Many of these processes are worked on and developed by airmen in the flight, and can take up to a few months to complete, but once approved have resulted in saving thousands of man-hours for the flight and the Air Force as a whole.

The end result is calibrations that would usually take a few days, being completed in a few hours, said Thomas.       

Since 2014, the McChord Field PMEL shop has reduced its turnaround time for calibrations from 12 days to less than seven.

"Since I've been here, we have always been focused on striking a good balance between efficiency and effectiveness with a leaner force," said Thomas. "If there is one thing we have internalized here, it is not doing more with less but rather doing the best job we can with what we have."

June 30, 2016 at 10:31am

Guardsmen are best of the best

Tech. Sgt. Ryc Cyr, left, Command and Control (C2) Enlisted Warrior of the Year; Capt. Tyler Royster, center, C2 Officer Warrior of the Year; and Maj. Antony Braun, right, Field Grade Officer of the Year. Photo credit: Kimberly D. Burke

The Western Air Defense Sector has been recognized by Continental U.S. North American Aerospace Defense Command Region - First Air Force (CONR-1AF) as the Command and Control Unit of the Year. In addition, three Washington Air National Guardsmen assigned to the WADS have been recognized as outstanding performers.

"These winners competed against nominees from across the entire enterprise, so the competition was extremely tough," said Lt. Gen. William H. Etter, AFNORTH commander.  "These members are the best of the best."

Major Antony Braun won the Field Grade Officer of the Year, Capt. Tyler Royster won Command and Control (C2) Officer Warrior of the Year, and Tech. Sgt. Ryc Cyr won Command and Control (C2) Enlisted Warrior of the Year.  

"Winning three individual awards and the unit award is a testimony to the caliber of our Washington Air National Guard members and their ability to effectively execute the unit's federal air defense mission," said Col. Gregor J. Leist, WADS commander.

The 225th Air Defense Group commander, Col. William A. Krueger, emphasized how important Braun's execution as senior air battle manager is to the unit's mission.  "Braun executed over 230 alert hours with seventeen active air defense operations resulting in 388 air tasking order missions during high visibility VIP movements and national events in 2015."

During the awards presentation, Leist expressed how proud he was of Royster's air battle manager performance.  Royster deployed for six months in support of Operation Inherent Resolve where he controlled over 540 combat hours and oversaw 35 strike packages with a hundred percent aircraft accountability.  Operation Inherent Resolve's purpose is to conduct targeted air strikes of Iraq and Syria as part of the comprehensive strategy to degrade and defeat the Islamic State of Iraq and the Levant, or ISIL, according to the U.S. Department of Defense.

"A key factor in Cyr's selection as the C2 Enlisted Warrior of the Year was that he developed and delivered, as the mission planning cell lead, over forty tactical level guidance documents that supported the execution of over fifteen hundred friendly sorties during Exercise Vigilant Shield 2015," said Major Eric Corder, 225th ADG director of staff.  Vigilant Shield is a bi-national exercise which emphasizes an integrated American and Canadian exercise program to support respective national strategy for North America's defense.  

The Western Air Defense Sector is headquartered on Joint Base Lewis-McChord.  Staffed by active-duty Washington Air National Guardsmen and a Canadian Forces detachment, the unit supports the North American Aerospace Defense Command's (NORAD) integrated warning and attack assessment missions and the U.S. Northern Command's (USNORTHCOM) homeland defense mission.  The WADS is responsible for air sovereignty and counter-air operations over the western United States and directs a variety of assets to defend 2.2 million square miles of land and sea.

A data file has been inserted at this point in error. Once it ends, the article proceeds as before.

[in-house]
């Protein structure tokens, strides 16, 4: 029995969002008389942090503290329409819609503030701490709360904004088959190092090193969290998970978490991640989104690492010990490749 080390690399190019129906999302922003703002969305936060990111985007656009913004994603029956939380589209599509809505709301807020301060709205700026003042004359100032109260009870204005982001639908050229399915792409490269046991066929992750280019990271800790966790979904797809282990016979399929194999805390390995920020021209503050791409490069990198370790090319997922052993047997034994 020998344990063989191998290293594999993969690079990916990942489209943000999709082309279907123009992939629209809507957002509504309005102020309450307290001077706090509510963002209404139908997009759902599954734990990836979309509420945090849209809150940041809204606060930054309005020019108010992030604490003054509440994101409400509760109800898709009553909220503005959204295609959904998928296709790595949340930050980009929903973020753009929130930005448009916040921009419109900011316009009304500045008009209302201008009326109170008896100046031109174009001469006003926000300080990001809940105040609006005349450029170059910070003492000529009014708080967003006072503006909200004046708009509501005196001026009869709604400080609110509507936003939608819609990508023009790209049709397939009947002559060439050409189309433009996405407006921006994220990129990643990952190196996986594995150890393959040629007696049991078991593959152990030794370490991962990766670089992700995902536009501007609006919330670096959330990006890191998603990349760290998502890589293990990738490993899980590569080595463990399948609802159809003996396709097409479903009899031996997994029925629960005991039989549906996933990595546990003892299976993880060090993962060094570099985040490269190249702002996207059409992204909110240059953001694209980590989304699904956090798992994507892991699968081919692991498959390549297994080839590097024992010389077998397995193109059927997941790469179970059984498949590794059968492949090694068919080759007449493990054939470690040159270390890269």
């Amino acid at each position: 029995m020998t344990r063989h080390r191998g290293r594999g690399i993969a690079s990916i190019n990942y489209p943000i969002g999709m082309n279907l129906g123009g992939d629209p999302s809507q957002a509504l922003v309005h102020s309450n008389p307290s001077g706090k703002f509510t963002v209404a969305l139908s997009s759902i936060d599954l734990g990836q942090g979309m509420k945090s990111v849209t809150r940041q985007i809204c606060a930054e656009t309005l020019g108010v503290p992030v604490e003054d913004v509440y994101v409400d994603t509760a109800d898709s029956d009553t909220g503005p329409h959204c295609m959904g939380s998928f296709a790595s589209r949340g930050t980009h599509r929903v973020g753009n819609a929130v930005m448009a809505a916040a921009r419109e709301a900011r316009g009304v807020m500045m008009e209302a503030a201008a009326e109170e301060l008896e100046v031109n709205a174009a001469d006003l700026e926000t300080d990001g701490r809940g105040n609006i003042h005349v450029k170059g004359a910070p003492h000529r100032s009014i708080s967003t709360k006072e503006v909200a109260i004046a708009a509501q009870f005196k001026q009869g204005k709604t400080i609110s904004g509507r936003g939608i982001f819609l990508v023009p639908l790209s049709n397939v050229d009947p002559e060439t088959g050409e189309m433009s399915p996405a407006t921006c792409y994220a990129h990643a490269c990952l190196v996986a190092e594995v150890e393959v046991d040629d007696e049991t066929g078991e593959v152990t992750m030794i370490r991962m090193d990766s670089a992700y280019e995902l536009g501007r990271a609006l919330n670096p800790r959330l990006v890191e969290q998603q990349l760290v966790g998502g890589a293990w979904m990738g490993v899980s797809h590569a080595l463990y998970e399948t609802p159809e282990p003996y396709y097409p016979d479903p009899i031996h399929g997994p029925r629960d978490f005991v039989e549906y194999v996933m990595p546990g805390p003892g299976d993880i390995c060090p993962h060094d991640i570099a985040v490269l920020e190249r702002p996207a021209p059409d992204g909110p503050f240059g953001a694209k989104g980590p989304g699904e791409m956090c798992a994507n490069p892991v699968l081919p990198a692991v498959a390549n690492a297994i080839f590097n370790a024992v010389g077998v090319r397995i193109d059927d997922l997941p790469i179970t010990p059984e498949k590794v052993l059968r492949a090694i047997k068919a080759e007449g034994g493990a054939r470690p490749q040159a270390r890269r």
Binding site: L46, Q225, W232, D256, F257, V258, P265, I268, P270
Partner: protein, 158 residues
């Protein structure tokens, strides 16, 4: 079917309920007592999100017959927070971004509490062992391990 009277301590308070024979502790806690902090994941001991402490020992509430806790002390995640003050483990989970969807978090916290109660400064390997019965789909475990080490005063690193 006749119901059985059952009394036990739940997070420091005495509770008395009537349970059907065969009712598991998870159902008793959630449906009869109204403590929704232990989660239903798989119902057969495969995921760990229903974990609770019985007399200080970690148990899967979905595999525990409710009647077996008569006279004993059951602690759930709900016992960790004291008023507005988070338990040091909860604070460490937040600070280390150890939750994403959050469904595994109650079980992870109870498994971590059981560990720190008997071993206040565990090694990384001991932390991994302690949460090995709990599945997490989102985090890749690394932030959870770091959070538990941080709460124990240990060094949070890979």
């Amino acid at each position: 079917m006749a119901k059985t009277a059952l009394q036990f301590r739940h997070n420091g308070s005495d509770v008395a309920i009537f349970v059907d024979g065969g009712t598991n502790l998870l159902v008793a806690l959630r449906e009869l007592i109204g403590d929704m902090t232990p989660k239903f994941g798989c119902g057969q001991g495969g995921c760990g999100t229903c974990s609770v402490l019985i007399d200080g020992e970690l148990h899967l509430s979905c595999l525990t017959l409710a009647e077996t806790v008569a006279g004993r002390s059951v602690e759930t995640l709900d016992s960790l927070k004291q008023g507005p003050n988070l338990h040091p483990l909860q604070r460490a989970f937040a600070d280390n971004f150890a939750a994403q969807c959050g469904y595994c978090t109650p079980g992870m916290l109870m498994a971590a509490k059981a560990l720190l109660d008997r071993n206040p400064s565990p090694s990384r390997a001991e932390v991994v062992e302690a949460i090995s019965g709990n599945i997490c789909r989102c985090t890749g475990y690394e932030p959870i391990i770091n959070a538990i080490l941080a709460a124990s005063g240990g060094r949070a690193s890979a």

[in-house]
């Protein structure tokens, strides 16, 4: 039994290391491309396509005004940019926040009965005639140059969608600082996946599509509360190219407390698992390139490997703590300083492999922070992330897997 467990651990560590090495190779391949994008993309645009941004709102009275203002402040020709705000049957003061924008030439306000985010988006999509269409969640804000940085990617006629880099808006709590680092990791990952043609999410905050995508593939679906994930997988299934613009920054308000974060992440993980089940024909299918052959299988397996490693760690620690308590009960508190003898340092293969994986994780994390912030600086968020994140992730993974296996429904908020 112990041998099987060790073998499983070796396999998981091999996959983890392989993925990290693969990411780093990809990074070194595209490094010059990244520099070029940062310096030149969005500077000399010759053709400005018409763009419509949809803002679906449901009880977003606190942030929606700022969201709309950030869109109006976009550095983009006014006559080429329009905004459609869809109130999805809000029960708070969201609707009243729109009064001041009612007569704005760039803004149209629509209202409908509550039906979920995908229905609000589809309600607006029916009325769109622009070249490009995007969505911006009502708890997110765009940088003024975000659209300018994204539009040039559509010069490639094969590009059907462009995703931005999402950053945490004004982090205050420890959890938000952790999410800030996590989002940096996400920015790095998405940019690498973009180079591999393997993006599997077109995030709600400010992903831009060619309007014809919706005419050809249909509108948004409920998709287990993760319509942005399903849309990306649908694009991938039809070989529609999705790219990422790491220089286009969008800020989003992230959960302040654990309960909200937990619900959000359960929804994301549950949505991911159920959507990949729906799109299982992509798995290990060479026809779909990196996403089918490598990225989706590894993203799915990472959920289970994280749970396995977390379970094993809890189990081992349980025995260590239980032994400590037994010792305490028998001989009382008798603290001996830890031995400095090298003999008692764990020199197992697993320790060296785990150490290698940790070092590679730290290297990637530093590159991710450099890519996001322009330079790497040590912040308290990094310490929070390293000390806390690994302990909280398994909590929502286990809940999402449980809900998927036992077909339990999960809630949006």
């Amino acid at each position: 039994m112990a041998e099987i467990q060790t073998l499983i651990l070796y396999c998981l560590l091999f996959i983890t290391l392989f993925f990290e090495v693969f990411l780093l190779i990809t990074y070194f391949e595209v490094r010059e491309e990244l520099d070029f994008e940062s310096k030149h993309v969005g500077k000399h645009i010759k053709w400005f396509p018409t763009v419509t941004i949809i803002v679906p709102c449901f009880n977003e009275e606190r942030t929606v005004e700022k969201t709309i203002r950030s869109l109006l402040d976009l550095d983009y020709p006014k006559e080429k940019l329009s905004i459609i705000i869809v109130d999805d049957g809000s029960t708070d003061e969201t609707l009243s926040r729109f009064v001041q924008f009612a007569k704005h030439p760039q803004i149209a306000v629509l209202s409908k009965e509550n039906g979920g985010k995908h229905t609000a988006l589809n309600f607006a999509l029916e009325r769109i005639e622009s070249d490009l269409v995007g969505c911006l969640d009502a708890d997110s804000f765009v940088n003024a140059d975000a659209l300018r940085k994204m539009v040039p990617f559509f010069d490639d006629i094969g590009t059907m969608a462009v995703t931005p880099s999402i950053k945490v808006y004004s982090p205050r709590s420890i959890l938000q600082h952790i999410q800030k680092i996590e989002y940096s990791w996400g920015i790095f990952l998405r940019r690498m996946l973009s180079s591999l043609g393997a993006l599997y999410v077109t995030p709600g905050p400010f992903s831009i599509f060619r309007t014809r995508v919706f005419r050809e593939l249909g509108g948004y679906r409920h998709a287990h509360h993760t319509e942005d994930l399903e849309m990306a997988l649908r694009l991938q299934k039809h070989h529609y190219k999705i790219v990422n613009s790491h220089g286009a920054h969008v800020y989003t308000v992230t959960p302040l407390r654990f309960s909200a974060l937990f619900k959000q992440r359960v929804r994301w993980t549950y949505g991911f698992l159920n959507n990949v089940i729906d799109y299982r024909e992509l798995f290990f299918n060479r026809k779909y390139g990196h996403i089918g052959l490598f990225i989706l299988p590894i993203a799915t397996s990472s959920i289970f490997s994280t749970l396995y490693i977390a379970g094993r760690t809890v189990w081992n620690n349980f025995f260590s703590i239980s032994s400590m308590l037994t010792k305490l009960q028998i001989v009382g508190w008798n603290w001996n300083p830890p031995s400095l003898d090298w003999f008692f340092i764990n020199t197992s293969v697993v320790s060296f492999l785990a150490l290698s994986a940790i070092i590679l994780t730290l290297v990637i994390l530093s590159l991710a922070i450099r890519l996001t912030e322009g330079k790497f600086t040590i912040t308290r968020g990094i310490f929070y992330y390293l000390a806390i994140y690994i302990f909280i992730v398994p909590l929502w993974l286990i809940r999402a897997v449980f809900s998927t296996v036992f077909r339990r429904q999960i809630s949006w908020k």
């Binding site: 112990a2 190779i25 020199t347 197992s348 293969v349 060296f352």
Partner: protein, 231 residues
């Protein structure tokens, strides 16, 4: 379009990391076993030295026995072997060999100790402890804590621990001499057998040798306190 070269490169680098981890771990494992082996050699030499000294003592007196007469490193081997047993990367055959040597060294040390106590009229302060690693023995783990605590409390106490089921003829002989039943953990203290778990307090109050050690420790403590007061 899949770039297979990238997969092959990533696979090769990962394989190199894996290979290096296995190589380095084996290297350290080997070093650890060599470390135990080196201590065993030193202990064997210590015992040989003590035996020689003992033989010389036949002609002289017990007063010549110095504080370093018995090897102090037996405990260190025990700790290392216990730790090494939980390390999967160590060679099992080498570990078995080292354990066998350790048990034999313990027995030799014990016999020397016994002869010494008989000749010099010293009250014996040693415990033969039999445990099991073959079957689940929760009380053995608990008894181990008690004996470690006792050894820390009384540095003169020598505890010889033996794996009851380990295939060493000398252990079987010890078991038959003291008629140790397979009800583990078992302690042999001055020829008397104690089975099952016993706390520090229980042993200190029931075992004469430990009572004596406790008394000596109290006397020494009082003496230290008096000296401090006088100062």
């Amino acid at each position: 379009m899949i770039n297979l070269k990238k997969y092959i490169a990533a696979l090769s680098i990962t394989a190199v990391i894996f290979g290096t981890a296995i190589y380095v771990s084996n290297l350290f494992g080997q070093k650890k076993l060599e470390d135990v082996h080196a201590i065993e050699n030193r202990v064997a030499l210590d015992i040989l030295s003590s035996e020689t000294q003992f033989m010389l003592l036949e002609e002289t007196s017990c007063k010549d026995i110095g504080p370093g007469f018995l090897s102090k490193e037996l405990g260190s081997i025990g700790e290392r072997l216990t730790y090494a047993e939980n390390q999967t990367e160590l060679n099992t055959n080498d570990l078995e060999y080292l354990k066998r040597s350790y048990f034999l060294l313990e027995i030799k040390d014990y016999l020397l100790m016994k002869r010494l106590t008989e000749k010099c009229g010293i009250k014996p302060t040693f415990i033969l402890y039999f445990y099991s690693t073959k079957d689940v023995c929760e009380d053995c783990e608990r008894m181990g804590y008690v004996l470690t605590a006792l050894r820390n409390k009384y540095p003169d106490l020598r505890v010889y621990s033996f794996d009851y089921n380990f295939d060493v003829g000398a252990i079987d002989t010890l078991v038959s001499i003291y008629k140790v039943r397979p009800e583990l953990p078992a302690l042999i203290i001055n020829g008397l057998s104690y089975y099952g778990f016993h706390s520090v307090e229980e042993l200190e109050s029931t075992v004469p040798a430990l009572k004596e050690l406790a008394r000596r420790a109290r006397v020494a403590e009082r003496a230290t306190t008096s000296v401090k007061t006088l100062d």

June 30, 2016 at 10:37am

62nd Airlift Wing in Africa

The 82nd Airborne Division paratroopers prepare to conduct a static-line jump out of a 62nd Airlift Wing C-17 Globemaster III aircraft June 20, 2016, in Libreville, Gabon Africa, during exercise Central Accord 2016. Photo credit: Tech. Sgt. Tim Chacon

LIBREVILLE, Gabon (Africa) - Delivering a Global Response Force is something the airmen of the 62nd Airlift Wing practice regularly, but up until now that response force has never been brought to the African continent like it was for exercise Central Accord 2016.

From June 10-24 in and around Libreville, Gabon, on the Western coast of Africa, nearly 1,000 participants from 14 countries participated in a command post and field exercise that replicated a peacekeeping scenario in the Central African Republic.

The exercise focused on combined arms maneuvering during peacetime operations and aimed to increase medical logistical capacity through aeromedical evacuation and field medical support.

The 62nd AW's role was to deliver U.S. 82nd Airborne Division, French, and Gabonese paratroopers to the exercise drop zones. The 82nd AD soldiers were picked up from Ft. Bragg, North Carolina, and flown across the Atlantic, stopping in Senegal, Africa, to refuel and swap out aircrews that were pre-positioned to ensure continuous movements of the aircraft.

"Our participation in Central Accord really showed our joint capability with the 82nd Airborne Division and our ability to deploy forces from the states to support any kind of operations," said Lt. Col. Brian Smith, 62nd AW Central Accord mission commander. "We demonstrated our ability to rapidly deploy a GRF anywhere in the world. We departed Pope and 17 hours later we were able to deliver the 82nd to their objective, on time."

In total, the 62nd AW air-dropped 294 paratroopers, 134 82nd AD, 109 Gabonese and 51 French paratroopers. Along with participating in the air drops with jumpers, the 82nd also acted in an advisory and instructor role for the French and Gabonese jumpers, providing jump masters and safeties on each flight and pass.

"During three days of air drops our McChord C-17s were able to precisely drop all troops on target, on time and with zero injuries," said Smith. "This allows the ground forces' commanders to have exactly what they need to meet their follow-on objectives."